Among the many conversations had with divorcing couples in mediation is how they may parent together while living apart and sharing time with their children. This conversation entails a broad range of issues. First, and most obvious is the schedule. Oftentimes we hear that each parent wants “50-50” time with the children. This may or may not feel like a challenging negotiation to the parties. Increasingly, it is assumed by the parents in our practice, that while they may not be counting the days and hours, they are both hoping to be full participants in all aspects of child rearing. In mediation, we try to help parties develop a plan that meets the needs of the children, but also fits as comfortably and realistically as possible, given their personal and professional obligations. Next, we move on to discussing holidays and special days, including mom and dad’s birthdays and how much time each parent will spend with the children during the long summer months.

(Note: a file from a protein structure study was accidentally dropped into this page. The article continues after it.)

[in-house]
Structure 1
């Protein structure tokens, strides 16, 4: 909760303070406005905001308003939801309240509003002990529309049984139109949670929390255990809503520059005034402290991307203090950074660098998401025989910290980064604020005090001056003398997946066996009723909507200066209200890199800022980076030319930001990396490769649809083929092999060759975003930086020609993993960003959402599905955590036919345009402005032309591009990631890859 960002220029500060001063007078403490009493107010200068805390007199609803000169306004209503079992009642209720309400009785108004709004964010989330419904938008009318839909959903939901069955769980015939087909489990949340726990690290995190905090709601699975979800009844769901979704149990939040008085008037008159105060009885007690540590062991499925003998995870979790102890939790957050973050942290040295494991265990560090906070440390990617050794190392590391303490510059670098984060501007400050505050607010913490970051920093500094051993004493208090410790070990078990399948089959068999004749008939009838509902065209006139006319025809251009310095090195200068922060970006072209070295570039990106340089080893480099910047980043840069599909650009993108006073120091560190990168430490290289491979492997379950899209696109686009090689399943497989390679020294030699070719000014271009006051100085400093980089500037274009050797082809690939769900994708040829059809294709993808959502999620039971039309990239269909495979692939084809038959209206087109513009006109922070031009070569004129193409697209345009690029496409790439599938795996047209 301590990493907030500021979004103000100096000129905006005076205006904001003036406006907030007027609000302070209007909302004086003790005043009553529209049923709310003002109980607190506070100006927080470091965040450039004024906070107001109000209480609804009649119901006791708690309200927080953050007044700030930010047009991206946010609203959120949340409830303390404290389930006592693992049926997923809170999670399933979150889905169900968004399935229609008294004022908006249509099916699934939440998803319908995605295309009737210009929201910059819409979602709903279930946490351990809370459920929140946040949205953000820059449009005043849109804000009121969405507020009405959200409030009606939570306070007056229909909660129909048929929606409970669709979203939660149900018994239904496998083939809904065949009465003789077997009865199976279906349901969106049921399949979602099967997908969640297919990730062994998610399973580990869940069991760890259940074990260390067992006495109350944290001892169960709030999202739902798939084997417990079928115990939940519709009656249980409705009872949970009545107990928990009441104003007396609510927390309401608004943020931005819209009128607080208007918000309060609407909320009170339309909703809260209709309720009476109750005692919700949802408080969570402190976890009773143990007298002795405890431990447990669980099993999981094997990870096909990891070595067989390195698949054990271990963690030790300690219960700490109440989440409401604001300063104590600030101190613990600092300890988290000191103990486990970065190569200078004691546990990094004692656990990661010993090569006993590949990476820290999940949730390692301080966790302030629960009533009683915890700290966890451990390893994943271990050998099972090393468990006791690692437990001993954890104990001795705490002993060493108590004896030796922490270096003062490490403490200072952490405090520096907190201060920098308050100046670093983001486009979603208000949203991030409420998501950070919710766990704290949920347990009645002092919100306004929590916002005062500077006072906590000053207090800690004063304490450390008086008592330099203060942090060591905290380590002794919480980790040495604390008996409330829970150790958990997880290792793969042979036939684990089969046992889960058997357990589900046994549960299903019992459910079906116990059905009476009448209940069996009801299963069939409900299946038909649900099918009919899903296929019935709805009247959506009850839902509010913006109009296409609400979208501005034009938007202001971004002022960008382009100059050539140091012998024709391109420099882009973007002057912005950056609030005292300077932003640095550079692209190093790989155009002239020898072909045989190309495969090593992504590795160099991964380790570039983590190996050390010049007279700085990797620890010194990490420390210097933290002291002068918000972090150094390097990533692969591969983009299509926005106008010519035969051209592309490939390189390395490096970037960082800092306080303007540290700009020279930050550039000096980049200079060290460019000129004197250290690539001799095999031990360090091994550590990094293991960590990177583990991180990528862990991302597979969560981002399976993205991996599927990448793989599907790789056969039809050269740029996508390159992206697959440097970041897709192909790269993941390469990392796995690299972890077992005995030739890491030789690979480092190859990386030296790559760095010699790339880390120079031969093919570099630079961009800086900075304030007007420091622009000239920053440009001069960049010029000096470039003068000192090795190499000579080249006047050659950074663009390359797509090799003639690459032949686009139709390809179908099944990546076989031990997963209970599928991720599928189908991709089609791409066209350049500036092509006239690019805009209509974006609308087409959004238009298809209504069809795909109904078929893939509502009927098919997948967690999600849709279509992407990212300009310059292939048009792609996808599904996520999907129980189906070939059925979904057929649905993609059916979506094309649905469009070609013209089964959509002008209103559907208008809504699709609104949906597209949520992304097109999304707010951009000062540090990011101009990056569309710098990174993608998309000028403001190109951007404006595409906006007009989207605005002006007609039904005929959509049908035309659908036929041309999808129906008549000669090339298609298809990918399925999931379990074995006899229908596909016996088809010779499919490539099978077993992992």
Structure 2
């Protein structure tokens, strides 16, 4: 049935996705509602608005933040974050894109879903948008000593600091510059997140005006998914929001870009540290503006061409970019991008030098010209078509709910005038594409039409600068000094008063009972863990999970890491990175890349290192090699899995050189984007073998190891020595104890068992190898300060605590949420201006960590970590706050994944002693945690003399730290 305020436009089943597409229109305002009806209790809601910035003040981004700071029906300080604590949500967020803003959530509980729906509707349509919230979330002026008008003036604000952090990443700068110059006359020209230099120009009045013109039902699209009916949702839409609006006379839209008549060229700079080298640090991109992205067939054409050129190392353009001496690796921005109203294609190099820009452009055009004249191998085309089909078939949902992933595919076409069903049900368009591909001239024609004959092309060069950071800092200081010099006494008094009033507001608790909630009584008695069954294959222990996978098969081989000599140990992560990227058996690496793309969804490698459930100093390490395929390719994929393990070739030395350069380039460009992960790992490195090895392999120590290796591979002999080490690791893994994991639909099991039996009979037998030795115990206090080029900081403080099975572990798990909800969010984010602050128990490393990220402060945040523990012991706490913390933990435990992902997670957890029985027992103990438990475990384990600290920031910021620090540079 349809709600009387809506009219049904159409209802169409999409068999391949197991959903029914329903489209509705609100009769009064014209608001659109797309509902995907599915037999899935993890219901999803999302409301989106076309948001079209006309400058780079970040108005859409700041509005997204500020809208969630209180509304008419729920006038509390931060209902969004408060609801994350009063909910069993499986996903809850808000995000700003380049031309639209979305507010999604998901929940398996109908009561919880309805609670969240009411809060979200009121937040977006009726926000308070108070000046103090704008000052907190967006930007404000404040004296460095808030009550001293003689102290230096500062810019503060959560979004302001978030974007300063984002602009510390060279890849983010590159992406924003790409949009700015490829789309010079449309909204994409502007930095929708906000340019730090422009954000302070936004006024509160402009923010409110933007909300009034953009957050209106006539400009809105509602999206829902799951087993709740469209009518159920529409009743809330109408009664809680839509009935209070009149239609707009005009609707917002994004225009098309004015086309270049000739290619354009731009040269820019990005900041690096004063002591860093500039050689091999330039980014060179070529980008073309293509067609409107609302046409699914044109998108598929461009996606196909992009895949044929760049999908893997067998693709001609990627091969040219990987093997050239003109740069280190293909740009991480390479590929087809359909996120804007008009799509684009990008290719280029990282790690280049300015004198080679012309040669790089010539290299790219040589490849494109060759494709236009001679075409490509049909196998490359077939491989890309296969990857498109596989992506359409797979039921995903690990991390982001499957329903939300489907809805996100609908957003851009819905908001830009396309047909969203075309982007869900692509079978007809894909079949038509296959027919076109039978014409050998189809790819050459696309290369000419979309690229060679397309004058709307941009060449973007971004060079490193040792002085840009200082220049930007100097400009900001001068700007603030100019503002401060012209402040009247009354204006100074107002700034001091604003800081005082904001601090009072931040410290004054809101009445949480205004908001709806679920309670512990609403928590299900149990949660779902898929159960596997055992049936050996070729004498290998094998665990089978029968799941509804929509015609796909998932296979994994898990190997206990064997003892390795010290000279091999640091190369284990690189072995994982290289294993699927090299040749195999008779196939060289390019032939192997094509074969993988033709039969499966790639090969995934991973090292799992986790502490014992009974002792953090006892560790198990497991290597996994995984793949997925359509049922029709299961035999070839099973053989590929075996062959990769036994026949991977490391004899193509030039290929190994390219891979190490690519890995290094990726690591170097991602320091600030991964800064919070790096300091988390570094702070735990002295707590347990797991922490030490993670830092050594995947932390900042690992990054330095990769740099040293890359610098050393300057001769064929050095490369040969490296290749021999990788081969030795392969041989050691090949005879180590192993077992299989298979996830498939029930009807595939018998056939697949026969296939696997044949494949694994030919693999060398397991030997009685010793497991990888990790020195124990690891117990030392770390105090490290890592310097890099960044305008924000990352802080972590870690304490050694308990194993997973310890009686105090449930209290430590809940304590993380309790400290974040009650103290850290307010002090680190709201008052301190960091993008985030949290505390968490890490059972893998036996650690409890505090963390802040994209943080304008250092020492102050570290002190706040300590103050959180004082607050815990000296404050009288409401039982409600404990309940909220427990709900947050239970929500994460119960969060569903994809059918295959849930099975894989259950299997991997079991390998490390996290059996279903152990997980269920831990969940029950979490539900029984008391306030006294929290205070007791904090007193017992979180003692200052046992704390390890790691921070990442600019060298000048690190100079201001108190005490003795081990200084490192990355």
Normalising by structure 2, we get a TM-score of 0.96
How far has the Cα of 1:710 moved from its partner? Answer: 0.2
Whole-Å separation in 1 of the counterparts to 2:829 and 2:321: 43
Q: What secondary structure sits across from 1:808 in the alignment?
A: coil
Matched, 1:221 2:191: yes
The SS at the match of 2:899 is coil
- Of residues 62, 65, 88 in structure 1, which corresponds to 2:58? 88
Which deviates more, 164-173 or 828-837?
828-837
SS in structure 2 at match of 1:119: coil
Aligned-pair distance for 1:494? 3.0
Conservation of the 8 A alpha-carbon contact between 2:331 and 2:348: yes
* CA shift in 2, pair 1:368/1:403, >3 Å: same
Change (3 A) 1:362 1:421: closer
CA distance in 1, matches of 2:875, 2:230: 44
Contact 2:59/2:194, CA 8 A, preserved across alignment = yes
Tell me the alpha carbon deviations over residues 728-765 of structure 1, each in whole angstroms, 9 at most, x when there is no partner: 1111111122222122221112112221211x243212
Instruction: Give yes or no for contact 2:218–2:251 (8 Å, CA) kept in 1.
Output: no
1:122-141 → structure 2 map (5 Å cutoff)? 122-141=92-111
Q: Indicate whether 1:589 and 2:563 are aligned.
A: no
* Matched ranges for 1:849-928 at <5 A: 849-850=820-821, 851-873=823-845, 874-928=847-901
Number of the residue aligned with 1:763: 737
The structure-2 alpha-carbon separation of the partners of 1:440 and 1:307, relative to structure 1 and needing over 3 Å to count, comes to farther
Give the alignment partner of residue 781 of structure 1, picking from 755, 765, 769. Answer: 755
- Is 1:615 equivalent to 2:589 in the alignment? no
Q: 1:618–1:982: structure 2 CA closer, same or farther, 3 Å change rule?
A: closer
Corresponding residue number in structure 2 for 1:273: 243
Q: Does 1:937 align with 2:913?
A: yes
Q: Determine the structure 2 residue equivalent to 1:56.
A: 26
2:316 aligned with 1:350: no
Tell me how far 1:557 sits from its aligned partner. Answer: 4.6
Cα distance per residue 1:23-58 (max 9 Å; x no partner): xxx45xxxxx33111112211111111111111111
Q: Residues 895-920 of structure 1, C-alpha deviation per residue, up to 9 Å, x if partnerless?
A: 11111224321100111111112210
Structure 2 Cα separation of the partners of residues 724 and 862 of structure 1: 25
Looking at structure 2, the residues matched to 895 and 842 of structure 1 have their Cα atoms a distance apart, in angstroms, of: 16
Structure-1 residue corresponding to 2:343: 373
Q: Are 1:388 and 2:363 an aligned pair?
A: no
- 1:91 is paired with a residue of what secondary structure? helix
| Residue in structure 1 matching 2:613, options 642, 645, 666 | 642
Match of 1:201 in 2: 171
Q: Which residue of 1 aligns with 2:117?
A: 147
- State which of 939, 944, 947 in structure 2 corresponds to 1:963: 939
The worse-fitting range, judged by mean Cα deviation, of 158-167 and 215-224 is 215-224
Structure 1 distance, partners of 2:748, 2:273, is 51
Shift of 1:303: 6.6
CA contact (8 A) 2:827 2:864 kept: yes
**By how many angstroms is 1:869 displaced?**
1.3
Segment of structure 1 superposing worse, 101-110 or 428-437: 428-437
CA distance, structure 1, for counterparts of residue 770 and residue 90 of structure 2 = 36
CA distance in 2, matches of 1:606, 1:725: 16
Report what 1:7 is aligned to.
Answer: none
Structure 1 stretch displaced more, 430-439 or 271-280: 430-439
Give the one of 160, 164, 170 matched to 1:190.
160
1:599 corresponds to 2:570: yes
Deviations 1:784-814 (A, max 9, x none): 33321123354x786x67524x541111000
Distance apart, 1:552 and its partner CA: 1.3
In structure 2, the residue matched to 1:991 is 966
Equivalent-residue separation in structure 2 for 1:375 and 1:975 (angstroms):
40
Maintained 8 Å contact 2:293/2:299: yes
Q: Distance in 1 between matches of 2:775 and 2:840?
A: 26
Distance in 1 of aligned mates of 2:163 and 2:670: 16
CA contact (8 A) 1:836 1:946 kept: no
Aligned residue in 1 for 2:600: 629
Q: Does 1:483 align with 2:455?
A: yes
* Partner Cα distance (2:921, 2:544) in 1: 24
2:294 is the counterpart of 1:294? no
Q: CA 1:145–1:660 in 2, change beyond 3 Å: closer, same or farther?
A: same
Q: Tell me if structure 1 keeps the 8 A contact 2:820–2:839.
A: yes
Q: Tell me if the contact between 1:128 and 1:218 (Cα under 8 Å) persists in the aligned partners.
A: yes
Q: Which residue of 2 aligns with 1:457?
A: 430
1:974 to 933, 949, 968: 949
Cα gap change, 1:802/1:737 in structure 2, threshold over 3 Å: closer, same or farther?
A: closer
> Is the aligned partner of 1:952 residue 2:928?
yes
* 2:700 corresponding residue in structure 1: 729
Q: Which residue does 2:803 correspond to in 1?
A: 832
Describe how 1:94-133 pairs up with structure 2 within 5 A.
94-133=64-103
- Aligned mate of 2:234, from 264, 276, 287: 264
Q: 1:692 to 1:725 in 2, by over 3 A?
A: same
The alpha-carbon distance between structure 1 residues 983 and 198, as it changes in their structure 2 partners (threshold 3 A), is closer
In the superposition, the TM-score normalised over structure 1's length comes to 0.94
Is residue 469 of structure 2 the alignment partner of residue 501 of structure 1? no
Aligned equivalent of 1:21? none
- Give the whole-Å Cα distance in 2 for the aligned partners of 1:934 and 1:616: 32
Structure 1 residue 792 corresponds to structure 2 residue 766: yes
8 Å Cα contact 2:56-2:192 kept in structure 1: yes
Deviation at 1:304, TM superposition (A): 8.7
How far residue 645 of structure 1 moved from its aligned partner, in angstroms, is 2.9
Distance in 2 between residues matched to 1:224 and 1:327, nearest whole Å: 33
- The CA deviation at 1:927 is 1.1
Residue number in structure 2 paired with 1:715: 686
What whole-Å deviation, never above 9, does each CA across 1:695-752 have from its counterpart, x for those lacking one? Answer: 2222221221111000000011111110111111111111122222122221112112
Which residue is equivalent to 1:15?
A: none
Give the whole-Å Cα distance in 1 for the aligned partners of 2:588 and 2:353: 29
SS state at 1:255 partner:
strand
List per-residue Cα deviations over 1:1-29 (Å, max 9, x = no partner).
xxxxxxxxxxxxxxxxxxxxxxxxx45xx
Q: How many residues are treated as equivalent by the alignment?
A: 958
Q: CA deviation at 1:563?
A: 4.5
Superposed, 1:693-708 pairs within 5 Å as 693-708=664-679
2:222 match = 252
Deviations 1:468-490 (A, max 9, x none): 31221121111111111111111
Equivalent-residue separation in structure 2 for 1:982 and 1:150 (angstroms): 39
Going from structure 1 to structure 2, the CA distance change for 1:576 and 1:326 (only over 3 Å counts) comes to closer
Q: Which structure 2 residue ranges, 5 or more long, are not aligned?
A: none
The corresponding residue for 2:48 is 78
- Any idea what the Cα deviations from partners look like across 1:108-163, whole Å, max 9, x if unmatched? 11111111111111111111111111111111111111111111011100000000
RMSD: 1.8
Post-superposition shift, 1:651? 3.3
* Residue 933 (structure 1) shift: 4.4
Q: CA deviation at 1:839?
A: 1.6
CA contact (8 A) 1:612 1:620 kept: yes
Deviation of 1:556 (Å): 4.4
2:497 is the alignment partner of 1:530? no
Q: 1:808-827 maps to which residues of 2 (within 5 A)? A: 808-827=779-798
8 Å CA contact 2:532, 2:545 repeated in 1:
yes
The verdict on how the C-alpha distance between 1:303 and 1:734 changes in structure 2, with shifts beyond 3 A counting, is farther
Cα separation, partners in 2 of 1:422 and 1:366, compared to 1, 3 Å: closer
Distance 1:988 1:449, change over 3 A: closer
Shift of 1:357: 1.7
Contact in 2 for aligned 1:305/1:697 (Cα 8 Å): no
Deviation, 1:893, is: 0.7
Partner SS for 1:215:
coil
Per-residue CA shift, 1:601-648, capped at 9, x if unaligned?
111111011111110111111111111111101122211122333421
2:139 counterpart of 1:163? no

With respect to decision-making, parents often are under mistaken belief that they must have the same rules and rhythms in each household or else the kids will be parented inconsistently – and thus suffer. Are all the after-school snacks organic? Is TV after school allowed, or must homework be completed first? What about bedtime? Household chores? It may be surprising to learn that studies show that these details may be approached differently in each home and that can be a good thing. In other words, parallel parenting builds independent relationships and resilience. Two big caveats: the first is, ALWAYS keep the kids out of your conflict around any given issue. If you hate the thought of Junior relaxing before dinner watching SpongeBob with a bowl of ice cream, you may approach the other parent privately to discuss your concerns. Or, perhaps better yet, pick your battles. The second big caveat: you should attempt to agree on terms that affect major safety milestones such as, when children may take public transportation alone or stay home alone, for example. Safety concerns are a distinct category because inconsistencies give rise to conflict and, potentially, harm.
To learn more about Parallel Parenting, here’s a start: http://drallisonbell.com/collaborative-artlcles/the-definition-and-merits-of-parallel-parenting/